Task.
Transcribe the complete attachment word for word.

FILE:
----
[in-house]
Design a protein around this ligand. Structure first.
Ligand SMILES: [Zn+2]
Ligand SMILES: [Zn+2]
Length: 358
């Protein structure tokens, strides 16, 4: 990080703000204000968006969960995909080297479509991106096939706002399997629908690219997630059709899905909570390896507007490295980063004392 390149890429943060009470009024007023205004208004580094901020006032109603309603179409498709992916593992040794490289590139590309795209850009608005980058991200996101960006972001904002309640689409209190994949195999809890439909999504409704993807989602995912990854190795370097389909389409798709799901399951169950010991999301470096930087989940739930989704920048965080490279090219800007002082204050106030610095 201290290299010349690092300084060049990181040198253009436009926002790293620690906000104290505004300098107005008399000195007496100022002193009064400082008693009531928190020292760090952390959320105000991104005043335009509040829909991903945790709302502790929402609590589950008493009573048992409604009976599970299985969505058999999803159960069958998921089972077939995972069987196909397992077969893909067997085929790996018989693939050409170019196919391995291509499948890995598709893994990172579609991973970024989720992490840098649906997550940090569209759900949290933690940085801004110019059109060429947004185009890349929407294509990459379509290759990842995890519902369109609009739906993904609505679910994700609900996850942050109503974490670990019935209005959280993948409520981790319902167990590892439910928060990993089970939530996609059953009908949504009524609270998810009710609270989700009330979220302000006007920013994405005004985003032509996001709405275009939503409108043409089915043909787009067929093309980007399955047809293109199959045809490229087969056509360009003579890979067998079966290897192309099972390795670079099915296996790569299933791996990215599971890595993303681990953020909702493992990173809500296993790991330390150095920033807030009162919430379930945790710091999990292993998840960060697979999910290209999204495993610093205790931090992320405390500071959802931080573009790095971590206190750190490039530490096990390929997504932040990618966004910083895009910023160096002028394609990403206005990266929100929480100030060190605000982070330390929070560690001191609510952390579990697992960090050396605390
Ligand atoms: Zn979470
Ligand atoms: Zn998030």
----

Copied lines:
[in-house]
Design a protein around this ligand. Structure first.
Ligand SMILES: [Zn+2]
Ligand SMILES: [Zn+2]
Length: 358
């Protein structure tokens, strides 16, 4: 990080703000204000968006969960995909080297479509991106096939706002399997629908690219997630059709899905909570390896507007490295980063004392 390149890429943060009470009024007023205004208004580094901020006032109603309603179409498709992916593992040794490289590139590309795209850009608005980058991200996101960006972001904002309640689409209190994949195999809890439909999504409704993807989602995912990854190795370097389909389409798709799901399951169950010991999301470096930087989940739930989704920048965080490279090219800007002082204050106030610095 201290290299010349690092300084060049990181040198253009436009926002790293620690906000104290505004300098107005008399000195007496100022002193009064400082008693009531928190020292760090952390959320105000991104005043335009509040829909991903945790709302502790929402609590589950008493009573048992409604009976599970299985969505058999999803159960069958998921089972077939995972069987196909397992077969893909067997085929790996018989693939050409170019196919391995291509499948890995598709893994990172579609991973970024989720992490840098649906997550940090569209759900949290933690940085801004110019059109060429947004185009890349929407294509990459379509290759990842995890519902369109609009739906993904609505679910994700609900996850942050109503974490670990019935209005959280993948409520981790319902167990590892439910928060990993089970939530996609059953009908949504009524609270998810009710609270989700009330979220302000006007920013994405005004985003032509996001709405275009939503409108043409089915043909787009067929093309980007399955047809293109199959045809490229087969056509360009003579890979067998079966290897192309099972390795670079099915296996790569299933791996990215599971890595993303681990953020909702493992990173809500296993790991330390150095920033807030009162919430379930945790710091999990292993998840960060697979999910290209999204495993610093205790931090992320405390500071959802931080573009790095971590206190750190490039530490096990390929997504932040990618966004910083895009910023160096002028394609990403206005990266929100929480100030060190605000982070330390929070560690001191609510952390579990697992960090050396605390
Ligand atoms: Zn979470
Ligand atoms: Zn998030």